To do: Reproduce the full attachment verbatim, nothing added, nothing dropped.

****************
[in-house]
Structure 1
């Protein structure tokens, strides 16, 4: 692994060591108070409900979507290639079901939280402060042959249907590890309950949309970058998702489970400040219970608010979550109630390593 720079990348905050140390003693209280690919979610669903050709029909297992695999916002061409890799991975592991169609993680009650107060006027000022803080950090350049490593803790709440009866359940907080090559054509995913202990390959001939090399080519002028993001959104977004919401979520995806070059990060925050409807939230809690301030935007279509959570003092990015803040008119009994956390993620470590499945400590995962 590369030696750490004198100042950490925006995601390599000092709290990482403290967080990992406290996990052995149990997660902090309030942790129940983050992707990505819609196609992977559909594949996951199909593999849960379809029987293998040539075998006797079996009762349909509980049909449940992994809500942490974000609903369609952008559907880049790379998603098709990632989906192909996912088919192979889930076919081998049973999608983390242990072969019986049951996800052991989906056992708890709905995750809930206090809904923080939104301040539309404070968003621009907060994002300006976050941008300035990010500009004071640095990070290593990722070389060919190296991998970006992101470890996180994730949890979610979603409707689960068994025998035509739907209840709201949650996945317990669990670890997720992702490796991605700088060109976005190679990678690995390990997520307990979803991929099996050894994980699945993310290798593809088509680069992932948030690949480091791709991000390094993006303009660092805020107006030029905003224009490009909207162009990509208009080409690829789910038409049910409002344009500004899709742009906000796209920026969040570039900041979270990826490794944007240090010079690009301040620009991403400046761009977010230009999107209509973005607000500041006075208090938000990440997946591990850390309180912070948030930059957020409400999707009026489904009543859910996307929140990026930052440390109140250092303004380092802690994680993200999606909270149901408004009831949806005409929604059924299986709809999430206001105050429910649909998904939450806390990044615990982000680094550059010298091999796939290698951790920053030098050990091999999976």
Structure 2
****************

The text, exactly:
[in-house]
Structure 1
């Protein structure tokens, strides 16, 4: 692994060591108070409900979507290639079901939280402060042959249907590890309950949309970058998702489970400040219970608010979550109630390593 720079990348905050140390003693209280690919979610669903050709029909297992695999916002061409890799991975592991169609993680009650107060006027000022803080950090350049490593803790709440009866359940907080090559054509995913202990390959001939090399080519002028993001959104977004919401979520995806070059990060925050409807939230809690301030935007279509959570003092990015803040008119009994956390993620470590499945400590995962 590369030696750490004198100042950490925006995601390599000092709290990482403290967080990992406290996990052995149990997660902090309030942790129940983050992707990505819609196609992977559909594949996951199909593999849960379809029987293998040539075998006797079996009762349909509980049909449940992994809500942490974000609903369609952008559907880049790379998603098709990632989906192909996912088919192979889930076919081998049973999608983390242990072969019986049951996800052991989906056992708890709905995750809930206090809904923080939104301040539309404070968003621009907060994002300006976050941008300035990010500009004071640095990070290593990722070389060919190296991998970006992101470890996180994730949890979610979603409707689960068994025998035509739907209840709201949650996945317990669990670890997720992702490796991605700088060109976005190679990678690995390990997520307990979803991929099996050894994980699945993310290798593809088509680069992932948030690949480091791709991000390094993006303009660092805020107006030029905003224009490009909207162009990509208009080409690829789910038409049910409002344009500004899709742009906000796209920026969040570039900041979270990826490794944007240090010079690009301040620009991403400046761009977010230009999107209509973005607000500041006075208090938000990440997946591990850390309180912070948030930059957020409400999707009026489904009543859910996307929140990026930052440390109140250092303004380092802690994680993200999606909270149901408004009831949806005409929604059924299986709809999430206001105050429910649909998904939450806390990044615990982000680094550059010298091999796939290698951790920053030098050990091999999976």
Structure 2